Study questions, maps, charts, key words, history, background, outlines, and links to help you study the epistle of Jude.
Peter concludes his second letter by discussing the end of the age, the return of Christ and what that tells us about how we should live now.
2 Peter 3:8-9 features in the debate over God’s sovereignty and human free will. While this verse does not settle the debate, understanding what Peter means in context teaches us a lot about both good Bible study and the issues in the debate.
Peter argues that more than anything else we need to find life through forgiveness and to find fulfillment through righteousness. It is this hope that he wants us to remember such that we let it change our lives today.
Peter warns that the false teachers are like springs without water, promising freedom but delivering destruction and he warns his readers not be deceived by their empty promises.
Continuing his warnings about the false teachers, Peter uses of Balaam from Numbers 22-24. Like Balaam, the false teachers are profiting from causing the people of God to stumble.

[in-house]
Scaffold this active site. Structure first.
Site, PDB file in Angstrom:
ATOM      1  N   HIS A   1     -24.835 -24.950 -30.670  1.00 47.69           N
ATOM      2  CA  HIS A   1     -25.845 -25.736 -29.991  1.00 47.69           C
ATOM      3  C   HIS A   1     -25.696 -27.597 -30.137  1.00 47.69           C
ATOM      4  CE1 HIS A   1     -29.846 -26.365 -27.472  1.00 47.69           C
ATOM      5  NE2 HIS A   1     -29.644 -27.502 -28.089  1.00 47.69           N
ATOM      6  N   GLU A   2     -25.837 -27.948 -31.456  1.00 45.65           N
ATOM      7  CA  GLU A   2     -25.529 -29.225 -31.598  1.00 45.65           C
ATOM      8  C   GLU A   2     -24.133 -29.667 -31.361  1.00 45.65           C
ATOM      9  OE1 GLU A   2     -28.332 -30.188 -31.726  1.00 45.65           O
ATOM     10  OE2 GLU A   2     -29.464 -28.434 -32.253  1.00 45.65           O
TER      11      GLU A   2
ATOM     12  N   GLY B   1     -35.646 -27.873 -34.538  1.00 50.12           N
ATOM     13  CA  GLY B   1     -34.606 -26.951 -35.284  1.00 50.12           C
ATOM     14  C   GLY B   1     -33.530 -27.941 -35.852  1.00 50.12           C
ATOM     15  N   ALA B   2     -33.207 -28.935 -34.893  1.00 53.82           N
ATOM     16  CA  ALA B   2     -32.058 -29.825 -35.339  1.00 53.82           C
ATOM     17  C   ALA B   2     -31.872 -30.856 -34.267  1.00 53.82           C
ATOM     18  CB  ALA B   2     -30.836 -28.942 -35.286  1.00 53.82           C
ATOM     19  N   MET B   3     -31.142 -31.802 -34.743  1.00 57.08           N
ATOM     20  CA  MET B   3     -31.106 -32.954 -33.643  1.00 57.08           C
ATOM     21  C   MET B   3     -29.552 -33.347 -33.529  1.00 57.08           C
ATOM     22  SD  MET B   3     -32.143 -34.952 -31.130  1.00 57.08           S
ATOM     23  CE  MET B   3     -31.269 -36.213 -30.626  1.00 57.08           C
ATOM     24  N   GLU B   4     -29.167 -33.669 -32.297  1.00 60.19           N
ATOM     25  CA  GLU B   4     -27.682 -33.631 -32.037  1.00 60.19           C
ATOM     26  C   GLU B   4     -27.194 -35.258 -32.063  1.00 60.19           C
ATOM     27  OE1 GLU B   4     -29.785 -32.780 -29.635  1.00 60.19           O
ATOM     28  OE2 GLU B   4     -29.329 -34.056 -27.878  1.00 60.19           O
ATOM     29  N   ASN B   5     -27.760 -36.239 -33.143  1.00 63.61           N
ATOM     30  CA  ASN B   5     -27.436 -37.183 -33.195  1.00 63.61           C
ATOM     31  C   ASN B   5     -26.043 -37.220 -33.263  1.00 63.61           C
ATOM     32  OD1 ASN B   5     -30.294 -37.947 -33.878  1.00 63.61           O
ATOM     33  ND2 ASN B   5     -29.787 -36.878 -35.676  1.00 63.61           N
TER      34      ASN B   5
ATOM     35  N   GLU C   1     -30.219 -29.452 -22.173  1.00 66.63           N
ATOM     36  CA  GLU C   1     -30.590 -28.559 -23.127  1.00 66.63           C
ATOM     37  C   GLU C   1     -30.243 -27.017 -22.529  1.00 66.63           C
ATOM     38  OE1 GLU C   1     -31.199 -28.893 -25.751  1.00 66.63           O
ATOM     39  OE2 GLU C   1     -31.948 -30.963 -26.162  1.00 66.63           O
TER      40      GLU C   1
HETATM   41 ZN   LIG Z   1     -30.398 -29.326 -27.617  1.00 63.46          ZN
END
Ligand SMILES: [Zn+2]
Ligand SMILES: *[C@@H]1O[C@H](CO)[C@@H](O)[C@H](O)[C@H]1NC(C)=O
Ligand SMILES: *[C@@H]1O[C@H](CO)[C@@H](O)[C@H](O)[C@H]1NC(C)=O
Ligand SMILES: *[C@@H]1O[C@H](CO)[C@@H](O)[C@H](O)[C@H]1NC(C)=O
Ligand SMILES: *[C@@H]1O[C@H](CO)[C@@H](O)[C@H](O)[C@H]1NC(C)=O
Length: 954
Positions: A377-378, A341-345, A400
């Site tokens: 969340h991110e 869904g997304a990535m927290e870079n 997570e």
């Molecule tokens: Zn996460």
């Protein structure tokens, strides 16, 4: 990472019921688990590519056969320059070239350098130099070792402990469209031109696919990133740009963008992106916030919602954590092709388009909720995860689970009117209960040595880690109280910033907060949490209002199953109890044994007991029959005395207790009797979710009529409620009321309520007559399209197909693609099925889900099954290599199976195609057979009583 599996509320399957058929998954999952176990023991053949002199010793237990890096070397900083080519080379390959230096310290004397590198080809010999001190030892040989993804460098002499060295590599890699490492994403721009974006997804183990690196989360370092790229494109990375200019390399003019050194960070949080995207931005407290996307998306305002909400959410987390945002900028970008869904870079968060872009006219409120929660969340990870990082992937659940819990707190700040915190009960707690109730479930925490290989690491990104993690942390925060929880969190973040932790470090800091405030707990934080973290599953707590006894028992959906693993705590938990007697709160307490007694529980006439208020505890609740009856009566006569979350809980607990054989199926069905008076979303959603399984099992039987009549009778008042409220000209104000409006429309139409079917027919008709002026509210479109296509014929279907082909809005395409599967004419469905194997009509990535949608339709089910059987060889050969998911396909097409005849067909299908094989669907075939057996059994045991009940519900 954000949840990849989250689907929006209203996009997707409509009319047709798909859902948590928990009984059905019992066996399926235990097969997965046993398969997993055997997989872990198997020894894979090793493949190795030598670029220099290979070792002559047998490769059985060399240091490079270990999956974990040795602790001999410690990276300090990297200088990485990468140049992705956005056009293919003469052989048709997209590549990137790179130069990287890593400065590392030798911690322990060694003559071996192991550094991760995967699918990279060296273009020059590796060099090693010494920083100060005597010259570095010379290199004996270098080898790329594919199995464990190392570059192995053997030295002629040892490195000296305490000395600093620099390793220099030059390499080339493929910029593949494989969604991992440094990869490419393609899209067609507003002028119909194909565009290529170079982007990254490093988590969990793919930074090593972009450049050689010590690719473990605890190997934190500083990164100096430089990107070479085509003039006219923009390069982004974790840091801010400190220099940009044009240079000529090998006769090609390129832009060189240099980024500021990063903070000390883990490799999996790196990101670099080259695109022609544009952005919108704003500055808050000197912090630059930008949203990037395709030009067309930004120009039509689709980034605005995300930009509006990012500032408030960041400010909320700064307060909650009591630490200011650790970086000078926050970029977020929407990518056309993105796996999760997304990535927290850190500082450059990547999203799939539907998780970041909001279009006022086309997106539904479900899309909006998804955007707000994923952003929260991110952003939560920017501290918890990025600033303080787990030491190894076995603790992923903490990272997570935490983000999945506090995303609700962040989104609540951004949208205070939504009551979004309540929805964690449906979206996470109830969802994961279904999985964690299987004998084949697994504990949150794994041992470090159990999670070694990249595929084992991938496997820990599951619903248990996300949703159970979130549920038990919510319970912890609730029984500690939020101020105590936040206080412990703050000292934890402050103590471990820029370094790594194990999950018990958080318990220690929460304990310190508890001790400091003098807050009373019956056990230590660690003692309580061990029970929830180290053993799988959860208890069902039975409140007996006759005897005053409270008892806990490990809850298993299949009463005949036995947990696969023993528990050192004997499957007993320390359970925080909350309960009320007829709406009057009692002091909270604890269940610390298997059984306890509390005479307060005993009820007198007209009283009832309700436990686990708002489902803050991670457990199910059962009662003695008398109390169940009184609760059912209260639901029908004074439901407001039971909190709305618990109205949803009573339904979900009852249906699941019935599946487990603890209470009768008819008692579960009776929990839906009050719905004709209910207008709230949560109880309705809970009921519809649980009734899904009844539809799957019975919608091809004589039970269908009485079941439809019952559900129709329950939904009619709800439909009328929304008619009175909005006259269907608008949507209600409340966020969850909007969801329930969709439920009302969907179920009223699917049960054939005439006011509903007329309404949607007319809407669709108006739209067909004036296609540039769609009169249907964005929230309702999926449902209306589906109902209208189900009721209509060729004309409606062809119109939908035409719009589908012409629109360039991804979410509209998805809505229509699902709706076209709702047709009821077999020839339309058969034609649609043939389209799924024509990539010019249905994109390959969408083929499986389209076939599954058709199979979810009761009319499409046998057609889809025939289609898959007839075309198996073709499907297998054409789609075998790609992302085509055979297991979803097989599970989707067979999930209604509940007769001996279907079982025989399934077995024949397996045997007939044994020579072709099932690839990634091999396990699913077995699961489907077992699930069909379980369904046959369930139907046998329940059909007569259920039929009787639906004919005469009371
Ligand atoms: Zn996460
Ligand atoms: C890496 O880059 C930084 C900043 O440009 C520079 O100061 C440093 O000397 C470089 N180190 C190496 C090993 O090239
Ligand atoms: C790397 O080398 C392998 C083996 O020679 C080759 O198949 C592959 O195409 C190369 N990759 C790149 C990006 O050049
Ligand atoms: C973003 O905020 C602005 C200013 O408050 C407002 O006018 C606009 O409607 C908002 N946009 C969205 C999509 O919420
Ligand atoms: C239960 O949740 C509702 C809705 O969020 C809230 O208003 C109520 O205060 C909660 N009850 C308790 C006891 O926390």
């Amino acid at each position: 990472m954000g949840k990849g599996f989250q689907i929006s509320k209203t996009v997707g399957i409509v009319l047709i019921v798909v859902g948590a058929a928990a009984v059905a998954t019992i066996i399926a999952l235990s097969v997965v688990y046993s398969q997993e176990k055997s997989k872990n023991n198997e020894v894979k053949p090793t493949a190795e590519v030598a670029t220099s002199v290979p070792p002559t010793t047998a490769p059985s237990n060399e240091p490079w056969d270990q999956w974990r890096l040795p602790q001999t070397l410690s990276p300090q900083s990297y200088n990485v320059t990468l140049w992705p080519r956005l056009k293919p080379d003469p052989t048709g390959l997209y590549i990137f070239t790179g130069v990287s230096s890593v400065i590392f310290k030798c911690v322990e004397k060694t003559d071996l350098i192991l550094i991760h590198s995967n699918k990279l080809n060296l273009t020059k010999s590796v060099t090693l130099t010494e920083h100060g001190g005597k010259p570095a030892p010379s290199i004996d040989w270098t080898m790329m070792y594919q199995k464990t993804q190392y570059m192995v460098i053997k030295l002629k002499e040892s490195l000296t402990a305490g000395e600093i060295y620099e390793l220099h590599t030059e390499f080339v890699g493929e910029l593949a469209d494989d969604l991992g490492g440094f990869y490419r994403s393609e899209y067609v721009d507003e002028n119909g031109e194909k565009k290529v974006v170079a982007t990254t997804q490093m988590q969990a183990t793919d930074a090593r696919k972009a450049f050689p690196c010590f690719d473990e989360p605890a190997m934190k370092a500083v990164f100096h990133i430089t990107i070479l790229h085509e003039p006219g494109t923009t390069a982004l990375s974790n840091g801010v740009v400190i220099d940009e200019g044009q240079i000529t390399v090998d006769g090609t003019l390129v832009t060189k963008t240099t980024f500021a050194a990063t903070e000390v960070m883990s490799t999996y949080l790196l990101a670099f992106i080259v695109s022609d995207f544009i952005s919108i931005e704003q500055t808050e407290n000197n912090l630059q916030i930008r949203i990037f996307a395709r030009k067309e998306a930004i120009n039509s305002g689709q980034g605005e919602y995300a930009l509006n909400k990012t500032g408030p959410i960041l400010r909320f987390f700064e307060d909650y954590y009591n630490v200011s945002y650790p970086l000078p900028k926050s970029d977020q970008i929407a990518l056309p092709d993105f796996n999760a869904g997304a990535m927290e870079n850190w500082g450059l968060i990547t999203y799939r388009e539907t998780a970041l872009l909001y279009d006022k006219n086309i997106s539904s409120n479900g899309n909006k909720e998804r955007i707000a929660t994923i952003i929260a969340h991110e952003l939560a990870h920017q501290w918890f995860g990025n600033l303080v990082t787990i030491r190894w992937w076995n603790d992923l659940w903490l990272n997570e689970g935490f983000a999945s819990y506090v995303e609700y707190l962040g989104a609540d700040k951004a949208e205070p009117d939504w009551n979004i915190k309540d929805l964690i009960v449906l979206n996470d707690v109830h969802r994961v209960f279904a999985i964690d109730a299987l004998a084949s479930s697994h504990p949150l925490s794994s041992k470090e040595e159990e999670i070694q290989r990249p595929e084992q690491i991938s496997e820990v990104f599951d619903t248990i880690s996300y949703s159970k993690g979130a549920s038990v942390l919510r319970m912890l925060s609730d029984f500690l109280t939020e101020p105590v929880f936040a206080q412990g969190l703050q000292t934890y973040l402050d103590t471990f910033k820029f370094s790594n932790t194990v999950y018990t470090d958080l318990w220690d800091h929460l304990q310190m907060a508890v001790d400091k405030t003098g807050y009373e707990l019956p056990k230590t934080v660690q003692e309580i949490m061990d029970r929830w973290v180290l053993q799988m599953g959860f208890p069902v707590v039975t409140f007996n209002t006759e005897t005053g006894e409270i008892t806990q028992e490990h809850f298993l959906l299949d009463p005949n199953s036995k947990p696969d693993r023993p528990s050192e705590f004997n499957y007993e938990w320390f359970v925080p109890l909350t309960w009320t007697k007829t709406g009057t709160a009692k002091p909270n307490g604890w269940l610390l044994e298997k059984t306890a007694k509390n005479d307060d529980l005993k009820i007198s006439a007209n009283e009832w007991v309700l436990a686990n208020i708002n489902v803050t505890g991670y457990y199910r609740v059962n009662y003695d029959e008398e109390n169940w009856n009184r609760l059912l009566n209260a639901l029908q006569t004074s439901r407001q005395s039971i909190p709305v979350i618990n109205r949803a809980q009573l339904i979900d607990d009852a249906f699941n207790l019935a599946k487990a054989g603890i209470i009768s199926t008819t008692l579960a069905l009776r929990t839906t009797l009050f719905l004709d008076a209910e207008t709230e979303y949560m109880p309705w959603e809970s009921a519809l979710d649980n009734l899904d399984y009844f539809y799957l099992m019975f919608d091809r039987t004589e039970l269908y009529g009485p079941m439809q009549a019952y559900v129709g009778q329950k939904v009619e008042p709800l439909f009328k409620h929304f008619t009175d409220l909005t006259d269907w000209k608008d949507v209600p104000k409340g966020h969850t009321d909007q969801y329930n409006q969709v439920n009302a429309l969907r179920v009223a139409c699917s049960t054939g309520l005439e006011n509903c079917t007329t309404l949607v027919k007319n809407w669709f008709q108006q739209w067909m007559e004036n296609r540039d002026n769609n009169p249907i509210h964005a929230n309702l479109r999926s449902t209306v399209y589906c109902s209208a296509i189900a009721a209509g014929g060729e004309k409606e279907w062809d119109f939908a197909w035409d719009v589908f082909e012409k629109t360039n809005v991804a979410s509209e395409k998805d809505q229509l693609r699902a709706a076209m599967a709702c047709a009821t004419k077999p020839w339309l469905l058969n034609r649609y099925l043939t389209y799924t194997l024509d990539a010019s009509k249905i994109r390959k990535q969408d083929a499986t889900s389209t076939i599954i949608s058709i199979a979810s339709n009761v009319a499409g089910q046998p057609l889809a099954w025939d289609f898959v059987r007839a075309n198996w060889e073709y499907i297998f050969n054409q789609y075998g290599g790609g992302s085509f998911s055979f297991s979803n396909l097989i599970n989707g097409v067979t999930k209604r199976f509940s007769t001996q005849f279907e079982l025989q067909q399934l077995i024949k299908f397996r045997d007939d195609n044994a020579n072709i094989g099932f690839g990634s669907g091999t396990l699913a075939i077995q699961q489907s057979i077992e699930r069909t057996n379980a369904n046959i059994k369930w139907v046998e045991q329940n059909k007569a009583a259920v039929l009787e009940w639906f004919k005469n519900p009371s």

In the third major interpretative challenge of 2 Peter 2, we tackle the questions of who are the glorious ones, why would they be reviled and what does Peter want us to learn from this example?
The coming judgment of God is not a popular topic today. We prefer to emphasize God’s love instead. Yet Peter thought judgment was important enough to include in his final letter, so that would remember it long after he is gone.
Peter and Jude appear to be quoting the book of 1 Enoch, which is part of the psuedepigrapha. Why would they quote it? What does it mean when an apostle quotes from a non-biblical source? I think both Peter and Jude quote 1 Enoch, the way a teacher today might quote Harry Potter — to make a point based on popular culture.
2 Peter 2 and the Epistle of Jude presents the same ideas in the same order and often use the same words. Did Peter copy from Jude? Did Jude copy from Peter? Or did they both copy from someone else? What’s going on?